Being death positive means we have the resources to dive into the rocky terrain of life. 

The internet always finds its loopholes. Some of the romanticized suicidal content still exists, but Tumblr tries to limit it by blocking the content and adding resources to help those in need. A Tumblr search for “death positive” leads to content about breaking the stigma around death, memes about decomposition, and comics on making peace with death. This reassured me that I do not need to jump through hoops of overly-romanticized content to get to reasonable death positive content.

I’m not a sad girl or a happy girl. If I require any unifying identity, maybe I’m a thoughtful girl? I hope I pass some of these former black and white waifs on Instagram, unaware that they are the granola girls now getting fresh air. Perhaps the girls who reblogged them have grown to show their faces in photo dumps, okay with life’s mundane qualities. Being death positive means we have the resources to dive into the rocky terrain of life.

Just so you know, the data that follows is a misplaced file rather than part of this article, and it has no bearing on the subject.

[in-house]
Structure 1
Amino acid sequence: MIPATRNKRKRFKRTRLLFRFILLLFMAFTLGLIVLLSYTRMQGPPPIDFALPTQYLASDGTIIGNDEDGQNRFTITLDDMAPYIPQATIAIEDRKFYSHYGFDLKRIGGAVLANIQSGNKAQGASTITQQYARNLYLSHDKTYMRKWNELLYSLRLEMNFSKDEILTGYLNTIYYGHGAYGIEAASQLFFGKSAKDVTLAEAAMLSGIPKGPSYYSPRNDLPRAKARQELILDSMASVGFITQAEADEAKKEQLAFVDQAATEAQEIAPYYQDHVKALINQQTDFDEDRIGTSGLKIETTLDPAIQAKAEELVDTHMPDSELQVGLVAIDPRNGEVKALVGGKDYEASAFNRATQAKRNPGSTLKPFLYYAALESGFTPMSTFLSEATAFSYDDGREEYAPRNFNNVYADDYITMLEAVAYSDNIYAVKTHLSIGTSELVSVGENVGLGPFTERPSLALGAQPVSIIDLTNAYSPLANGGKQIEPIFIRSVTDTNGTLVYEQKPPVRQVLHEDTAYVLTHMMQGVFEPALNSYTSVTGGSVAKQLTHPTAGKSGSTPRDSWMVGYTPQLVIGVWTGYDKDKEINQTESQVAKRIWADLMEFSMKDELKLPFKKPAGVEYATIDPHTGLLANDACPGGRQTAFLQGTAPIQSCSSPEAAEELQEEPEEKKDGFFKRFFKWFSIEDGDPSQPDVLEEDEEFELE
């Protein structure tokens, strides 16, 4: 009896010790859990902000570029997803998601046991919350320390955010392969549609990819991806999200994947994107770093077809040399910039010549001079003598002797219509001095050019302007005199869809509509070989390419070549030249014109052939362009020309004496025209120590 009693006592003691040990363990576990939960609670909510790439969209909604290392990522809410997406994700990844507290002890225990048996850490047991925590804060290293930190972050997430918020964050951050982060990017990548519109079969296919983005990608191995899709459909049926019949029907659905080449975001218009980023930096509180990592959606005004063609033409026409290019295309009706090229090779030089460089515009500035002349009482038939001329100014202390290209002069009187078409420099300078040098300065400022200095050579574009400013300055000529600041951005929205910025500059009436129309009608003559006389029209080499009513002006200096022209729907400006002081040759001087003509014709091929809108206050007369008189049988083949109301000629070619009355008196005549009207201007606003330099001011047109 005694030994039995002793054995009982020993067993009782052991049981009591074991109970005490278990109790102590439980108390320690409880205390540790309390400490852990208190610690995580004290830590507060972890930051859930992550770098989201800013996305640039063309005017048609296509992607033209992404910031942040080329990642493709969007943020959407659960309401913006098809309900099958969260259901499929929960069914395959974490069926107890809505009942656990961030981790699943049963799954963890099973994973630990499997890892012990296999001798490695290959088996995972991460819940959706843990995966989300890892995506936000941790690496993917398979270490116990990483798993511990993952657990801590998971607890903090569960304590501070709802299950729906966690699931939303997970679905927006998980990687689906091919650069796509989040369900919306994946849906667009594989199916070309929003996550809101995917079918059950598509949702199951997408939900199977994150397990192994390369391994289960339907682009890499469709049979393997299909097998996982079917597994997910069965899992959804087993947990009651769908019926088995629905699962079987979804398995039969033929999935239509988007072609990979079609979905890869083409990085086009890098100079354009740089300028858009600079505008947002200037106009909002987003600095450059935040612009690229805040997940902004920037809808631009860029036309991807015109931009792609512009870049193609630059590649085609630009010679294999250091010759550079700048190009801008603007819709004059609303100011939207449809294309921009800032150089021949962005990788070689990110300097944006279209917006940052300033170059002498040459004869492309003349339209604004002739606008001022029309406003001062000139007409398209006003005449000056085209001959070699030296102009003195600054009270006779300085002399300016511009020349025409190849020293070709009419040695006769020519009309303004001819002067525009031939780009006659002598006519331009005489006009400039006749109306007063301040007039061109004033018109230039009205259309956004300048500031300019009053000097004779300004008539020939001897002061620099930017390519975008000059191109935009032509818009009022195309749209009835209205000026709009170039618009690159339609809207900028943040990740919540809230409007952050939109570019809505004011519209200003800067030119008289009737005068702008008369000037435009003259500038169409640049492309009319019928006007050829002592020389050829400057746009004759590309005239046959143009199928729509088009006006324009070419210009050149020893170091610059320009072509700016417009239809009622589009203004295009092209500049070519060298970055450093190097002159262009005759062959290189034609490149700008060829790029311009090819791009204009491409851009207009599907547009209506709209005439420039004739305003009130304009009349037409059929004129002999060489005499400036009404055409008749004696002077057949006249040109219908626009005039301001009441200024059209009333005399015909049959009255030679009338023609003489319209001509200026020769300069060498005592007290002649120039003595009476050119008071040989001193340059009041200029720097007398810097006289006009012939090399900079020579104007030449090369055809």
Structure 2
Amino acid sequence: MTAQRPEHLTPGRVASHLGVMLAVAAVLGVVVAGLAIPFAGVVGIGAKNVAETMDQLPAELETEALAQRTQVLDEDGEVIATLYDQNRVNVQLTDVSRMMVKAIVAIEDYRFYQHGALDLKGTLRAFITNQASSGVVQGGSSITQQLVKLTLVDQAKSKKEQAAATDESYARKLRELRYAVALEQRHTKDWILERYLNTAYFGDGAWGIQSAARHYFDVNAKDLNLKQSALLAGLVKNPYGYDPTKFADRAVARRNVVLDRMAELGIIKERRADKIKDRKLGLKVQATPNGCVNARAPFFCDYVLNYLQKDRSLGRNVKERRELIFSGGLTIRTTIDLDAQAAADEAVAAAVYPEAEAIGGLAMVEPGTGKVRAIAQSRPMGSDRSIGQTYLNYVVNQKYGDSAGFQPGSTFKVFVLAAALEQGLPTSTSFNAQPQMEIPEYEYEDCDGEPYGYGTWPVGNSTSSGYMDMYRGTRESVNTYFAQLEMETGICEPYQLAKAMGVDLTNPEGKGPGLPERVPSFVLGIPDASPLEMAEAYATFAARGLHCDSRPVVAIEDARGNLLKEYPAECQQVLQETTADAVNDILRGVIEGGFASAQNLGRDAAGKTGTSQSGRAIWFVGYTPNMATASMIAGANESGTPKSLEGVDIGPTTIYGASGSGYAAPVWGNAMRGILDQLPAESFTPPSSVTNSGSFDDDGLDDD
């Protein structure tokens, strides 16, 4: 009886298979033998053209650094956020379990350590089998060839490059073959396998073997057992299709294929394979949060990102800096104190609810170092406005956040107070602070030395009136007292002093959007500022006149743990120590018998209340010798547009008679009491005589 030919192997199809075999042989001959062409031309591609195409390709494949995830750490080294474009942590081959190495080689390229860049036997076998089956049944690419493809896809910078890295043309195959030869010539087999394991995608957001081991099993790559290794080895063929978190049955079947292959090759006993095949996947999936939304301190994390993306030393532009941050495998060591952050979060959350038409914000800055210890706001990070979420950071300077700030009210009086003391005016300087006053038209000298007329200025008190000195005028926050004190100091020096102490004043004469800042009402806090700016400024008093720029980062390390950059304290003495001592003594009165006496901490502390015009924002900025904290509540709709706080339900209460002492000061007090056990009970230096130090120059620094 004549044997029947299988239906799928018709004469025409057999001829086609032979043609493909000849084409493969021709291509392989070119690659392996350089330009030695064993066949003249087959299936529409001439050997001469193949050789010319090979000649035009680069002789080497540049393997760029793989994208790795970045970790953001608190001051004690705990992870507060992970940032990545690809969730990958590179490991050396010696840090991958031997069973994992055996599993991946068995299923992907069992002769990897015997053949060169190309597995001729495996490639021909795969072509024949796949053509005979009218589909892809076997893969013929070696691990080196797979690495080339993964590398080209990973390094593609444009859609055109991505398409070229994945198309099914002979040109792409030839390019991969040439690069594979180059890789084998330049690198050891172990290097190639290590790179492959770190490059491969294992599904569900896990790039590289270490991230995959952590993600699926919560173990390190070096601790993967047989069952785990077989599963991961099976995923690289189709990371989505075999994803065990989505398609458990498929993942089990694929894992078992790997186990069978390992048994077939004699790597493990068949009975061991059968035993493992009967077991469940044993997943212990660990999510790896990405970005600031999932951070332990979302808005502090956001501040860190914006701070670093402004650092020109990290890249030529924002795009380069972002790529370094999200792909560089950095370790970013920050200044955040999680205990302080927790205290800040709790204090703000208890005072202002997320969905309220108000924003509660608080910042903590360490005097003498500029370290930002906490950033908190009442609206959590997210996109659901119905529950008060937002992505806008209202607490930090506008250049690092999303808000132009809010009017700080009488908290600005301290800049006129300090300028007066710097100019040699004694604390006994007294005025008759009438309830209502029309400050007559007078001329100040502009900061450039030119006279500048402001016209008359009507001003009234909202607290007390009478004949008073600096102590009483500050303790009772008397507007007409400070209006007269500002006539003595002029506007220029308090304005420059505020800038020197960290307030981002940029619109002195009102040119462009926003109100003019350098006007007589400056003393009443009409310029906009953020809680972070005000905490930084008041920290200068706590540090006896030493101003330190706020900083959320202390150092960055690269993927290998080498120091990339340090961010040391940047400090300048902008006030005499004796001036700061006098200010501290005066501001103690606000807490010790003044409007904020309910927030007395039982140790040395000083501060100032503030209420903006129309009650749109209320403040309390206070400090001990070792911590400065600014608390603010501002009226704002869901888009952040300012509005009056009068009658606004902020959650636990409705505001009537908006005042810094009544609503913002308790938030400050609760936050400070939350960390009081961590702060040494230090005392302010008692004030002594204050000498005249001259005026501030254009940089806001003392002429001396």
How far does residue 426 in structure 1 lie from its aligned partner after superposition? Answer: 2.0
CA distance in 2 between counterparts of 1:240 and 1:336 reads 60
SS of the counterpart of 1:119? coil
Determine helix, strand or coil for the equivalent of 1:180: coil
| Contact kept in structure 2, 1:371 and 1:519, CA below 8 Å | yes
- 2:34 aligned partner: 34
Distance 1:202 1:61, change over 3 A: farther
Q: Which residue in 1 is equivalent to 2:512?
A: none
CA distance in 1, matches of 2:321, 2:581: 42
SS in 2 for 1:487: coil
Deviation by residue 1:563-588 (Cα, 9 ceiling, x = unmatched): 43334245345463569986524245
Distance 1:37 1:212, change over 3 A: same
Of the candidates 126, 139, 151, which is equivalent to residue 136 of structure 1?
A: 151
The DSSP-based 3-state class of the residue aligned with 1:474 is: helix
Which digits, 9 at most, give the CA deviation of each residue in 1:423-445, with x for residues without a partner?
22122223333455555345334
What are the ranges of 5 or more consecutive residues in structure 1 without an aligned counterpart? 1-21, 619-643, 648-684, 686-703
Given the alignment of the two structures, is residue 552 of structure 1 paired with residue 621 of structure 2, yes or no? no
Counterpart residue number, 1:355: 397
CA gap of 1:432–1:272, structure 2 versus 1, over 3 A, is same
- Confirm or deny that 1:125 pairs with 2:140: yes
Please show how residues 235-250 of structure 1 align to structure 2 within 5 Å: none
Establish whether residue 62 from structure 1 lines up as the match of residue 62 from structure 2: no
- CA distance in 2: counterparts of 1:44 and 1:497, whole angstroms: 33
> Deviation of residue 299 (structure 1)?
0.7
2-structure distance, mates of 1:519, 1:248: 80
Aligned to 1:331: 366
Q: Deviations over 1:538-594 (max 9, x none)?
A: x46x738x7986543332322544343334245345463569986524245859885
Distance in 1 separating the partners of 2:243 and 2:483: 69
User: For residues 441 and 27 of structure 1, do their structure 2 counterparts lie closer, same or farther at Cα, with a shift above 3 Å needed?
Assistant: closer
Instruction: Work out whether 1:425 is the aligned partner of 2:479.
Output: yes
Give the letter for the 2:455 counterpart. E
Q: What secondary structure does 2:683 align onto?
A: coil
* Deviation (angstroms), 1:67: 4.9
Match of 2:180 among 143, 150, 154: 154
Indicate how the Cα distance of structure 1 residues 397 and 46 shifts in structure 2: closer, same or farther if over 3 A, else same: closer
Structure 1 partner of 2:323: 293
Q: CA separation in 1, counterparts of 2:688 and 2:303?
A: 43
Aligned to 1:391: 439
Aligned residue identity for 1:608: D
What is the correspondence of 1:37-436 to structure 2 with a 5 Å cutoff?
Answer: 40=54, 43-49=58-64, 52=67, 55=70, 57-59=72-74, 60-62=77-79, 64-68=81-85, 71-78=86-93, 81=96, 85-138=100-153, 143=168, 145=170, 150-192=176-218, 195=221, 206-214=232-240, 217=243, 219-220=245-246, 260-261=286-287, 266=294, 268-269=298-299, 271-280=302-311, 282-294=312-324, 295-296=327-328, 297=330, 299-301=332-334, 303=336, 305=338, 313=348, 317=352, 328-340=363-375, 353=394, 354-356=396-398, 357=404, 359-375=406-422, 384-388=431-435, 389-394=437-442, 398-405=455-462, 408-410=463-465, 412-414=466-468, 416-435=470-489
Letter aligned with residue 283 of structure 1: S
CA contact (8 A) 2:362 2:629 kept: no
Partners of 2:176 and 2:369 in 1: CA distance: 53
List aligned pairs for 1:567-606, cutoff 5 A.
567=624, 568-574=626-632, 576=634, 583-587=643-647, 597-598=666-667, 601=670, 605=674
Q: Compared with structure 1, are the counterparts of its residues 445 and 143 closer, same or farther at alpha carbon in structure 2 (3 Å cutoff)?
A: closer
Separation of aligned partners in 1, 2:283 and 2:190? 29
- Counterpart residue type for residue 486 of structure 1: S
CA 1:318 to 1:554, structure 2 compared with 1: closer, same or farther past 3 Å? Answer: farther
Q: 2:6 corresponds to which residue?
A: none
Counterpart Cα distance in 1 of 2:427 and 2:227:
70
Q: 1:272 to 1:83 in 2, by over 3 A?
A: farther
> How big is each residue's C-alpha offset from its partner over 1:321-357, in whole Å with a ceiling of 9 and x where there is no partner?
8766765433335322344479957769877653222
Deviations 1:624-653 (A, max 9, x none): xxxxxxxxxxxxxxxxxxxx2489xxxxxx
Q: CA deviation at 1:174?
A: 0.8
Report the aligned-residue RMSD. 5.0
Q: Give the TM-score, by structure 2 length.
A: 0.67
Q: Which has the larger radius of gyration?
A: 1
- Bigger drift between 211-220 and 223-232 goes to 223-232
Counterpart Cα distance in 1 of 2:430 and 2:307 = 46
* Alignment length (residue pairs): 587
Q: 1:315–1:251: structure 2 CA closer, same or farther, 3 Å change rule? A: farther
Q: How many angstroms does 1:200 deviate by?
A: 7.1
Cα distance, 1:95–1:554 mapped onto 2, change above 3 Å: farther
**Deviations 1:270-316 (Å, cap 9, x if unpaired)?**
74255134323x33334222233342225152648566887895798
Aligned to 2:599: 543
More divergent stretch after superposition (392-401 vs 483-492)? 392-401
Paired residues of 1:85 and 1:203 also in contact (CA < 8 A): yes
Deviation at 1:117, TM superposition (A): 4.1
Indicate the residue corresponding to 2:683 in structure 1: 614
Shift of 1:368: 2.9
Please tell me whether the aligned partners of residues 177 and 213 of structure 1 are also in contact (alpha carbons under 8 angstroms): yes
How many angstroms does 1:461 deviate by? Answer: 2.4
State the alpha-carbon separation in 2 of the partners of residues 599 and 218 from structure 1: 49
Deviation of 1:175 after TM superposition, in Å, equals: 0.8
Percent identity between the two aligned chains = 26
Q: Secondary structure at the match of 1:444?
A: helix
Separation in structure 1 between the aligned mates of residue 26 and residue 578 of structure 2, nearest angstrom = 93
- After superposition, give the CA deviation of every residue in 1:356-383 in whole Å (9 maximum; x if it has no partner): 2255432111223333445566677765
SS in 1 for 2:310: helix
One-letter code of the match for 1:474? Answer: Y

Gabrielle Lynch
Gabrielle Lynch is a writer based in Illinois. Her work focuses on mental health, pop culture, and family. Much of her work has a personal lean. She has written for 14 East Magazine, and her personal essay on her autism experience won a League for Innovation in the Community College award. You can find her at gabriellelynch.squarespace.com.